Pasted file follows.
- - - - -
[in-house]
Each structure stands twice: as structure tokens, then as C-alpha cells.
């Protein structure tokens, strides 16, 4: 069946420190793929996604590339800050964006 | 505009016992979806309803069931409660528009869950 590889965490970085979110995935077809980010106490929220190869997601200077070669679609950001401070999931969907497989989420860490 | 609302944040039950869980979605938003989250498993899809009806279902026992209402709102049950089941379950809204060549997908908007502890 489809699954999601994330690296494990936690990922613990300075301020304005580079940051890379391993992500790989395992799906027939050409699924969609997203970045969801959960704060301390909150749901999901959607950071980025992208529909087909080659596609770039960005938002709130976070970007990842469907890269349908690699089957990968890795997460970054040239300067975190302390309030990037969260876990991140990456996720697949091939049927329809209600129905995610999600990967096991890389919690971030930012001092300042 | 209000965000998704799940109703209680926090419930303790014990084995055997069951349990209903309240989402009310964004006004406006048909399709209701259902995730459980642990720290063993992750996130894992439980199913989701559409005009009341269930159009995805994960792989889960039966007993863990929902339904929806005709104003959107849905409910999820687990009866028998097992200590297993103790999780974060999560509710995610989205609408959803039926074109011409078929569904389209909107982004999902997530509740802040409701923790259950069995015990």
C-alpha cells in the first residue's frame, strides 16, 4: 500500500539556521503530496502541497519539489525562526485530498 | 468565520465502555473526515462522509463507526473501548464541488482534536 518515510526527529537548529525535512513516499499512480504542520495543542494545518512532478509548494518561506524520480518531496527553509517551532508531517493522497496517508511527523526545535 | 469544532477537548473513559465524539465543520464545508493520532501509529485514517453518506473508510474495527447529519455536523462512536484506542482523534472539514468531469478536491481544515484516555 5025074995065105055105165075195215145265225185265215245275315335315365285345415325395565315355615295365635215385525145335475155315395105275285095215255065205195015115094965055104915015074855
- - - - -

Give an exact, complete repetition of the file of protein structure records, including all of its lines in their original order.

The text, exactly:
[in-house]
Each structure stands twice: as structure tokens, then as C-alpha cells.
């Protein structure tokens, strides 16, 4: 069946420190793929996604590339800050964006 | 505009016992979806309803069931409660528009869950 590889965490970085979110995935077809980010106490929220190869997601200077070669679609950001401070999931969907497989989420860490 | 609302944040039950869980979605938003989250498993899809009806279902026992209402709102049950089941379950809204060549997908908007502890 489809699954999601994330690296494990936690990922613990300075301020304005580079940051890379391993992500790989395992799906027939050409699924969609997203970045969801959960704060301390909150749901999901959607950071980025992208529909087909080659596609770039960005938002709130976070970007990842469907890269349908690699089957990968890795997460970054040239300067975190302390309030990037969260876990991140990456996720697949091939049927329809209600129905995610999600990967096991890389919690971030930012001092300042 | 209000965000998704799940109703209680926090419930303790014990084995055997069951349990209903309240989402009310964004006004406006048909399709209701259902995730459980642990720290063993992750996130894992439980199913989701559409005009009341269930159009995805994960792989889960039966007993863990929902339904929806005709104003959107849905409910999820687990009866028998097992200590297993103790999780974060999560509710995610989205609408959803039926074109011409078929569904389209909107982004999902997530509740802040409701923790259950069995015990």
C-alpha cells in the first residue's frame, strides 16, 4: 500500500539556521503530496502541497519539489525562526485530498 | 468565520465502555473526515462522509463507526473501548464541488482534536 518515510526527529537548529525535512513516499499512480504542520495543542494545518512532478509548494518561506524520480518531496527553509517551532508531517493522497496517508511527523526545535 | 469544532477537548473513559465524539465543520464545508493520532501509529485514517453518506473508510474495527447529519455536523462512536484506542482523534472539514468531469478536491481544515484516555 5025074995065105055105165075195215145265225185265215245275315335315365285345415325395565315355615295365635215385525145335475155315395105275285095215255065205195015115094965055104915015074855